Universiteit Leiden

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Biomedical Microscale Analytics

The Biomedical Microscale Analytics group is led by Dr. Rawi Ramautar. In present-day metabolomics, and bioanalysis in general, the analytical toolbox used encounters difficulties for the analysis of limited amounts of biological samples. As a result, a significant number of crucial biomedical/clinical questions cannot be addressed by the current metabolomics approach. The aim of the research in my group is to design microscale analytical separation techniques and workflows for highly sensitive metabolic profiling of size-limited biological samples. Moreover, attention will be paid to the development of microscale analytical tools for the enantioselective characterization of (endogenous) metabolites, thereby aiming to provide a unique and versatile tool in metabolomics.

On of the analytical technologies that will be considered for these purposes is capillary electrophoresis (CE)-mass spectrometry (MS). CE is a microscale technique providing highly efficient separations for (highly) polar and charged compounds, while requiring only minute amounts of sample. CE can be coupled to MS via various interfacing designs and the state-of-the-art in this area will be explored in order to allow hyphenation of CE and electrospray ionization (ESI)-MS under optimal conditions, i.e. where both the separation efficiency of CE and the ionization efficiency of ESI-MS are maximal. Tailor-made sample preparation strategies for limited amounts of biological samples will be developed. Another exciting field that is virtually unexplored in metabolomics is chirality. Therefore, a blend of chiral selectors will be evaluated to obtain a chiral perspective on the metabolic composition of volume-restricted samples by the CE-MS analytical technology.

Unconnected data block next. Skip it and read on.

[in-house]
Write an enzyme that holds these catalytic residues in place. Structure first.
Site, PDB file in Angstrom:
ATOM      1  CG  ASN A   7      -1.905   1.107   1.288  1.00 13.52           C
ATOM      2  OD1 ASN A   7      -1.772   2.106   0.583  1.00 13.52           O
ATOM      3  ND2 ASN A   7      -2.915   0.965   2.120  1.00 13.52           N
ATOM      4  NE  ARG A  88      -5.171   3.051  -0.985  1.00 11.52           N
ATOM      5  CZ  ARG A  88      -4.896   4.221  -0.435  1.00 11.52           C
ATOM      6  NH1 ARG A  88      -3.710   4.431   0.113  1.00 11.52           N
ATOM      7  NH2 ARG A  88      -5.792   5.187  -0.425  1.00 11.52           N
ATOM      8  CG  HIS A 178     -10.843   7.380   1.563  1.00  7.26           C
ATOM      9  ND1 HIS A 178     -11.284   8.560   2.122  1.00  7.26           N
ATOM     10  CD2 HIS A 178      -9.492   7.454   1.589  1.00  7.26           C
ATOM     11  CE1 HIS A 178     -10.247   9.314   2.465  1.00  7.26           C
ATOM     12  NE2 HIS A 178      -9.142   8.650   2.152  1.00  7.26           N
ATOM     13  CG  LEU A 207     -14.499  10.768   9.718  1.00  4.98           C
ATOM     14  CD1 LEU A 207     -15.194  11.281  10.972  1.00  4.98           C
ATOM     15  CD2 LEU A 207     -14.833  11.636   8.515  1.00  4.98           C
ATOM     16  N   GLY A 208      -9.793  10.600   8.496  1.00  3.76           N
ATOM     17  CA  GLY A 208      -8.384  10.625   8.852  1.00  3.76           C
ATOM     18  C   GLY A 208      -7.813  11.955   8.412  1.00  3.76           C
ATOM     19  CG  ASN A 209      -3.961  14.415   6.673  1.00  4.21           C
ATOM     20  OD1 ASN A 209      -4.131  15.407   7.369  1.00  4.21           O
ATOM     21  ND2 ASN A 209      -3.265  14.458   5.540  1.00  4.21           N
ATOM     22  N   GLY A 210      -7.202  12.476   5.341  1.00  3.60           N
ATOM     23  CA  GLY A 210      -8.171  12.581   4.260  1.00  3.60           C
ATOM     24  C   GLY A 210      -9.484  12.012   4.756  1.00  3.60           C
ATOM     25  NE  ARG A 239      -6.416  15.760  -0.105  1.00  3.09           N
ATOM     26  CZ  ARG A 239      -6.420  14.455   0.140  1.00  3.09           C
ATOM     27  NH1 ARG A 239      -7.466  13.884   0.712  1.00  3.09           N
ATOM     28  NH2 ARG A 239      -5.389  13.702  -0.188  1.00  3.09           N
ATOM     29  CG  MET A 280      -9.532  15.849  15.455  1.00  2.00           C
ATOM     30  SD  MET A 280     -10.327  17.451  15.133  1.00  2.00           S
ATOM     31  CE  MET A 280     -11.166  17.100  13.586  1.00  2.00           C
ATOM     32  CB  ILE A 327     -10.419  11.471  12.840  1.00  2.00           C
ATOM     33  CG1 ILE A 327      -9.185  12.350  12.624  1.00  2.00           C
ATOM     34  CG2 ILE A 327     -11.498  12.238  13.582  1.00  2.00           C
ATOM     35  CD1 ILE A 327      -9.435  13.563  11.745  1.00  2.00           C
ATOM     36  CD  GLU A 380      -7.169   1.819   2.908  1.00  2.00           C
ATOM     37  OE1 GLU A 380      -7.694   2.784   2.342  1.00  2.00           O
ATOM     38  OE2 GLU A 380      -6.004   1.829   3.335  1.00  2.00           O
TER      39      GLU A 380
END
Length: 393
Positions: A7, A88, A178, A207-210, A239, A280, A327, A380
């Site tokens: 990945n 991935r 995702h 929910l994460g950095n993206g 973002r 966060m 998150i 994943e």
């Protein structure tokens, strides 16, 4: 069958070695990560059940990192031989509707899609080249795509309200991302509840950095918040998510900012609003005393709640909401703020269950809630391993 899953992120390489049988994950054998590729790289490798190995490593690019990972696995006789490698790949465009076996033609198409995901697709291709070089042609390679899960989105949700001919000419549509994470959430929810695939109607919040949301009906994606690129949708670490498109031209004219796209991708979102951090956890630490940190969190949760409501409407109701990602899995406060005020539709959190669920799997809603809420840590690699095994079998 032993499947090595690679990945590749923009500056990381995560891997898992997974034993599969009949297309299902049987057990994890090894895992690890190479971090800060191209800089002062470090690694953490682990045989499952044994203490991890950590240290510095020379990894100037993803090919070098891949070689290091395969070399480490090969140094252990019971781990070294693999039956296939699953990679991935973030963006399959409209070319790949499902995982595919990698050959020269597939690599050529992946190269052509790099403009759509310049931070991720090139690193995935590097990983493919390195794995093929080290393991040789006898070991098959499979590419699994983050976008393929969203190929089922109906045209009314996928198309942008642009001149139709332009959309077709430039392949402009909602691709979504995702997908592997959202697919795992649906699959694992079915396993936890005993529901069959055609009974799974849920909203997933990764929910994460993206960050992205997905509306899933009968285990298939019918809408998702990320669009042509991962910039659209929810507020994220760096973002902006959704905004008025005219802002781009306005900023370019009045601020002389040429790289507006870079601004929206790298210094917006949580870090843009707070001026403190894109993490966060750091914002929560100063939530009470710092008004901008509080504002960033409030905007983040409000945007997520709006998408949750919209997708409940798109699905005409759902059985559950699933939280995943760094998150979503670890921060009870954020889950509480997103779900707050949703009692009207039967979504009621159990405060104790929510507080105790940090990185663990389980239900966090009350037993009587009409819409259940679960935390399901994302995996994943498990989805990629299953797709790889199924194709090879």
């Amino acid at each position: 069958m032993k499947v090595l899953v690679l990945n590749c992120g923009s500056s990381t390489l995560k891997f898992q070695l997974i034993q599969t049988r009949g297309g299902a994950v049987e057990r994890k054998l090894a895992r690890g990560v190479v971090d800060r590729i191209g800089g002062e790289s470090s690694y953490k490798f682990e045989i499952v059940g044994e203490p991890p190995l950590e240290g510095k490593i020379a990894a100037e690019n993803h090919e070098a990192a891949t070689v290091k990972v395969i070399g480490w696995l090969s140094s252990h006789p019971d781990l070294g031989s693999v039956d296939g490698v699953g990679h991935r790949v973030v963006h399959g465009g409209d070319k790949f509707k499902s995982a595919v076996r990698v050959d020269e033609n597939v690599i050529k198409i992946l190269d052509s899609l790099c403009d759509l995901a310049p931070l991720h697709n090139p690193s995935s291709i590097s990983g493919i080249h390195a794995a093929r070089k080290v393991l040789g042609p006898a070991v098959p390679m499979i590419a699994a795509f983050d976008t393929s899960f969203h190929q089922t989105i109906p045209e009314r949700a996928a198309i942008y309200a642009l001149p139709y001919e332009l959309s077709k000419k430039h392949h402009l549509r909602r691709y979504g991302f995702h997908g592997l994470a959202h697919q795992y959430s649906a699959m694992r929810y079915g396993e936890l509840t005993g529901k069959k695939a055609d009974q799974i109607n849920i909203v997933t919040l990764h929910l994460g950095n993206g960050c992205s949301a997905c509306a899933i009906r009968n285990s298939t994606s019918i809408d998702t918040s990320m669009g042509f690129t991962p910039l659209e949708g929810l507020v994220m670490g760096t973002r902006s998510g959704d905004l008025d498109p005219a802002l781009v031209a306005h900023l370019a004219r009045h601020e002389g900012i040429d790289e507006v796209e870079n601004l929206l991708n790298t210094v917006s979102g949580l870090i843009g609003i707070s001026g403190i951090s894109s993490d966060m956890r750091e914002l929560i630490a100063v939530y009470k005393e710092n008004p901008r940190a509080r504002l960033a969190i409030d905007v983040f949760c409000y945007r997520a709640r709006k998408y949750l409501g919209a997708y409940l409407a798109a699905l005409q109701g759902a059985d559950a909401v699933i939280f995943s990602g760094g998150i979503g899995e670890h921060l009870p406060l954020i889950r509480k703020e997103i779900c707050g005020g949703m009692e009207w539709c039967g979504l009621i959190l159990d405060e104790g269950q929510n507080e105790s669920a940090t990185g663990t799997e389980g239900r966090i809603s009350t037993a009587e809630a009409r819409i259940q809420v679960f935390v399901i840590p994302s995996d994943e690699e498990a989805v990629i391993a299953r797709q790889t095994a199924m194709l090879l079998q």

The developed microscale analytical tools will be used to address relevant biomedical questions in the field of neuroscience, and other application areas intrinsically dealing with small sample amounts. The role of D-amino acids, a novel class of neuromodulators, and other chiral metabolites will be studied for various diseases. Overall, the analytical technologies and workflows developed in my group should enable especially those metabolomics studies that have so far been lacking. As such, research performed at Biomedical Microscale Analytics within the division of Systems Biomedicine and Pharmacology of the LACDR will provide novel analytical strategies for a deeper understanding of biological processes in sample-limited cases.

As outline above, CE-MS will be considered as a analytical main technology for volume-restricted metabolomics. For more information about the unique capabilities of this approach for metabolomics studies, please check the book "Capillary Electrophoresis - Mass Spectrometry for Metabolomics" edited by Dr. Rawi Ramautar, which was published in May 2018 by the Royal Society of Chemistry.

In order to get an idea about the practical aspects of coupling CE to MS via a sheathless porous tip interface for metabolic profiling of cell culture samples, please consider the following video-protocol which is freely available at the Journal of Visualized Experiments.

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